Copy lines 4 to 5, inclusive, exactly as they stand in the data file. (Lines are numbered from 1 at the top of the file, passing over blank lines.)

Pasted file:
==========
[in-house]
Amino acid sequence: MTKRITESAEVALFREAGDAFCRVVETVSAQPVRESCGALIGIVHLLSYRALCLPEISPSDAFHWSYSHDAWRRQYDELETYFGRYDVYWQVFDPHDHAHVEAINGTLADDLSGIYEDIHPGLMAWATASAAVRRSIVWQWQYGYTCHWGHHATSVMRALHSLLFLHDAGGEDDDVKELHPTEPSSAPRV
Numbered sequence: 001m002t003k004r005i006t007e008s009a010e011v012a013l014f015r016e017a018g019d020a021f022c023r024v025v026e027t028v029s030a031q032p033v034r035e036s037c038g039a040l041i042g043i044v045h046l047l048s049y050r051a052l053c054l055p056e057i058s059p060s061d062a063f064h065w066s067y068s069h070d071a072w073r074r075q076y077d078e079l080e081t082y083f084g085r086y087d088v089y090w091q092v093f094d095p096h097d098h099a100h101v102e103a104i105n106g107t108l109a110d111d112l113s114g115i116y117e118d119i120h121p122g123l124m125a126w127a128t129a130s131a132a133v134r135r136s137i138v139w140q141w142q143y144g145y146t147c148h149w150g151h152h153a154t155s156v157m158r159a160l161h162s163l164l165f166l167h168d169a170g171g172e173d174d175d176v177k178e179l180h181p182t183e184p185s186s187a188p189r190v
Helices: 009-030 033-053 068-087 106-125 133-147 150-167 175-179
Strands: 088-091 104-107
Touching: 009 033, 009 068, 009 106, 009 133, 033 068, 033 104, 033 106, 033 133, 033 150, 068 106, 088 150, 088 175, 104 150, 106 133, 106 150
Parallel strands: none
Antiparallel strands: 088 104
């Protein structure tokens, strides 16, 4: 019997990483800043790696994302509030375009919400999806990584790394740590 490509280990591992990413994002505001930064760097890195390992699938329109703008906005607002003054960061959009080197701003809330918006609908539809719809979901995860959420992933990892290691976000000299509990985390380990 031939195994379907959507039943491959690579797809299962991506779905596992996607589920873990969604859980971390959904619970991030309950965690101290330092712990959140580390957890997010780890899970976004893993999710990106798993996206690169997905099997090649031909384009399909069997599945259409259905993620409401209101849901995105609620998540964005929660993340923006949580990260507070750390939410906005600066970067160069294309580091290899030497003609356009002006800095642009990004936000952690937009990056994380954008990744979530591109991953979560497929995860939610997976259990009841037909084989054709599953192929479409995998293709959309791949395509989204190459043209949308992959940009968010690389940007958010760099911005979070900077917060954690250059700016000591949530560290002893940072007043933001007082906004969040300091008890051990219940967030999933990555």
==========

Helices: 009-030 033-053 068-087 106-125 133-147 150-167 175-179
Strands: 088-091 104-107